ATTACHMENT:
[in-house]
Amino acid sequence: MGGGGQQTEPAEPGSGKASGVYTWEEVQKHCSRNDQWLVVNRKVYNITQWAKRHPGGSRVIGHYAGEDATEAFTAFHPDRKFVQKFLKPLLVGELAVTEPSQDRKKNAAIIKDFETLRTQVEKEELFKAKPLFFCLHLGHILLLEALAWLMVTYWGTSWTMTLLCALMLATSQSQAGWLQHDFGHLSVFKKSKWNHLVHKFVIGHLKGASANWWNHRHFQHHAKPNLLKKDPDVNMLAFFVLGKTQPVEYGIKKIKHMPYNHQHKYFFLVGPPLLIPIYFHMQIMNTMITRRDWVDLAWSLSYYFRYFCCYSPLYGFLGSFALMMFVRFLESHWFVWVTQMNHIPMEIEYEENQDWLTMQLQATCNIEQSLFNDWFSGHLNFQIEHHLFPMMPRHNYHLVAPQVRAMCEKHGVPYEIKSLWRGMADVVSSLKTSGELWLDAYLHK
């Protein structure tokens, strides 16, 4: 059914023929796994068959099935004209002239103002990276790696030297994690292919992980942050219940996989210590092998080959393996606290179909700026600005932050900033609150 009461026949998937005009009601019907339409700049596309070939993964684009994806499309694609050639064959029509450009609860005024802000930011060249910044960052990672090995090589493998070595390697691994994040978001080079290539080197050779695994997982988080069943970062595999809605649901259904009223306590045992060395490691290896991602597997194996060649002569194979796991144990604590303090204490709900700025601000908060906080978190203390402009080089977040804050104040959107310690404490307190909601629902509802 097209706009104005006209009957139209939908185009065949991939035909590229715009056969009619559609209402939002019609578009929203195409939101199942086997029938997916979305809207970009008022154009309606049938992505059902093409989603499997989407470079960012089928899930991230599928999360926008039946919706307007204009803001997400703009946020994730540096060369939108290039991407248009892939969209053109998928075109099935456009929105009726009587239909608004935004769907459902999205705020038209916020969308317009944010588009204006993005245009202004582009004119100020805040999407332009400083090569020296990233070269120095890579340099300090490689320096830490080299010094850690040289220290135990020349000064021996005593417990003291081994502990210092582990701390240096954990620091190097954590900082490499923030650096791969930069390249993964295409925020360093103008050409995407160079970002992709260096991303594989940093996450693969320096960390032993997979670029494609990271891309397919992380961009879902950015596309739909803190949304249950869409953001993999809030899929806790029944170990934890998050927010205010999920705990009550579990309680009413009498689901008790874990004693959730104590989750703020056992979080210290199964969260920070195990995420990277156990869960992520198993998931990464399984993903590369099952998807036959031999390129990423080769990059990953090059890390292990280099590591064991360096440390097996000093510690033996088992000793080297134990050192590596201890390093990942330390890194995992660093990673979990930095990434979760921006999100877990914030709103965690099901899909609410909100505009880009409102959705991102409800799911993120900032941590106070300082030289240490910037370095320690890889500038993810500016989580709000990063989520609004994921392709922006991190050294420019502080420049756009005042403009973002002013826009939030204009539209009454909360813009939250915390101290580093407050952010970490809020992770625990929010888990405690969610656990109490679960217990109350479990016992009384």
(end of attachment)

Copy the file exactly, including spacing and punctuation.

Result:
[in-house]
Amino acid sequence: MGGGGQQTEPAEPGSGKASGVYTWEEVQKHCSRNDQWLVVNRKVYNITQWAKRHPGGSRVIGHYAGEDATEAFTAFHPDRKFVQKFLKPLLVGELAVTEPSQDRKKNAAIIKDFETLRTQVEKEELFKAKPLFFCLHLGHILLLEALAWLMVTYWGTSWTMTLLCALMLATSQSQAGWLQHDFGHLSVFKKSKWNHLVHKFVIGHLKGASANWWNHRHFQHHAKPNLLKKDPDVNMLAFFVLGKTQPVEYGIKKIKHMPYNHQHKYFFLVGPPLLIPIYFHMQIMNTMITRRDWVDLAWSLSYYFRYFCCYSPLYGFLGSFALMMFVRFLESHWFVWVTQMNHIPMEIEYEENQDWLTMQLQATCNIEQSLFNDWFSGHLNFQIEHHLFPMMPRHNYHLVAPQVRAMCEKHGVPYEIKSLWRGMADVVSSLKTSGELWLDAYLHK
């Protein structure tokens, strides 16, 4: 059914023929796994068959099935004209002239103002990276790696030297994690292919992980942050219940996989210590092998080959393996606290179909700026600005932050900033609150 009461026949998937005009009601019907339409700049596309070939993964684009994806499309694609050639064959029509450009609860005024802000930011060249910044960052990672090995090589493998070595390697691994994040978001080079290539080197050779695994997982988080069943970062595999809605649901259904009223306590045992060395490691290896991602597997194996060649002569194979796991144990604590303090204490709900700025601000908060906080978190203390402009080089977040804050104040959107310690404490307190909601629902509802 097209706009104005006209009957139209939908185009065949991939035909590229715009056969009619559609209402939002019609578009929203195409939101199942086997029938997916979305809207970009008022154009309606049938992505059902093409989603499997989407470079960012089928899930991230599928999360926008039946919706307007204009803001997400703009946020994730540096060369939108290039991407248009892939969209053109998928075109099935456009929105009726009587239909608004935004769907459902999205705020038209916020969308317009944010588009204006993005245009202004582009004119100020805040999407332009400083090569020296990233070269120095890579340099300090490689320096830490080299010094850690040289220290135990020349000064021996005593417990003291081994502990210092582990701390240096954990620091190097954590900082490499923030650096791969930069390249993964295409925020360093103008050409995407160079970002992709260096991303594989940093996450693969320096960390032993997979670029494609990271891309397919992380961009879902950015596309739909803190949304249950869409953001993999809030899929806790029944170990934890998050927010205010999920705990009550579990309680009413009498689901008790874990004693959730104590989750703020056992979080210290199964969260920070195990995420990277156990869960992520198993998931990464399984993903590369099952998807036959031999390129990423080769990059990953090059890390292990280099590591064991360096440390097996000093510690033996088992000793080297134990050192590596201890390093990942330390890194995992660093990673979990930095990434979760921006999100877990914030709103965690099901899909609410909100505009880009409102959705991102409800799911993120900032941590106070300082030289240490910037370095320690890889500038993810500016989580709000990063989520609004994921392709922006991190050294420019502080420049756009005042403009973002002013826009939030204009539209009454909360813009939250915390101290580093407050952010970490809020992770625990929010888990405690969610656990109490679960217990109350479990016992009384």